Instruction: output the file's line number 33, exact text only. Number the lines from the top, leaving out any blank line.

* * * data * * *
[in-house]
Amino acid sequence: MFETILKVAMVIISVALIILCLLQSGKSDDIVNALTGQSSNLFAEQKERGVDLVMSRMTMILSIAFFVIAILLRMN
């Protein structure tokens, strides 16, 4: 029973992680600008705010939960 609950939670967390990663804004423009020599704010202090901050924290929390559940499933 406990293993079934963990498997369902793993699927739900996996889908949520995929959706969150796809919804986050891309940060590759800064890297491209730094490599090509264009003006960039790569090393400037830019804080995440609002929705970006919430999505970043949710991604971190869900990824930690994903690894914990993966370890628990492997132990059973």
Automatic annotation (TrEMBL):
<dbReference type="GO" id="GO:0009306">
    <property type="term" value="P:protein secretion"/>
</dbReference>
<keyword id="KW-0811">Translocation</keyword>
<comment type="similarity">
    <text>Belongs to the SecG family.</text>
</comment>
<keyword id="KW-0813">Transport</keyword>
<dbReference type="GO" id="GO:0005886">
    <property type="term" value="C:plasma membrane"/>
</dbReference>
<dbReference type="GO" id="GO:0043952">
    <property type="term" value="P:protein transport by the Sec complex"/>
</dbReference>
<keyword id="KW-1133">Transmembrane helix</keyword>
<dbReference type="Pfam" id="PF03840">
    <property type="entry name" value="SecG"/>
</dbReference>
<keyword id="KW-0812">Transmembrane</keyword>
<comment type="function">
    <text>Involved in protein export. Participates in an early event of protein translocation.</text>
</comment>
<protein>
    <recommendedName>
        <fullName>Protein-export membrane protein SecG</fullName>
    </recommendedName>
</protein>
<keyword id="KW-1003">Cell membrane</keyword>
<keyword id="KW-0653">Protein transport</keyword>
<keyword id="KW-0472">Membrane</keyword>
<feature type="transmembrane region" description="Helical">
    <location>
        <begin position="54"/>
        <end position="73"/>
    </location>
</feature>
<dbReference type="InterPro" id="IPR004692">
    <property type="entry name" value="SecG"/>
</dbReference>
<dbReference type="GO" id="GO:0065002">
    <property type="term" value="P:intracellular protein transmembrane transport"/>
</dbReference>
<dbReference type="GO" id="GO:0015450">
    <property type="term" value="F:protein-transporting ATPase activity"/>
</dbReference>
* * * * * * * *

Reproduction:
<keyword id="KW-0653">Protein transport</keyword>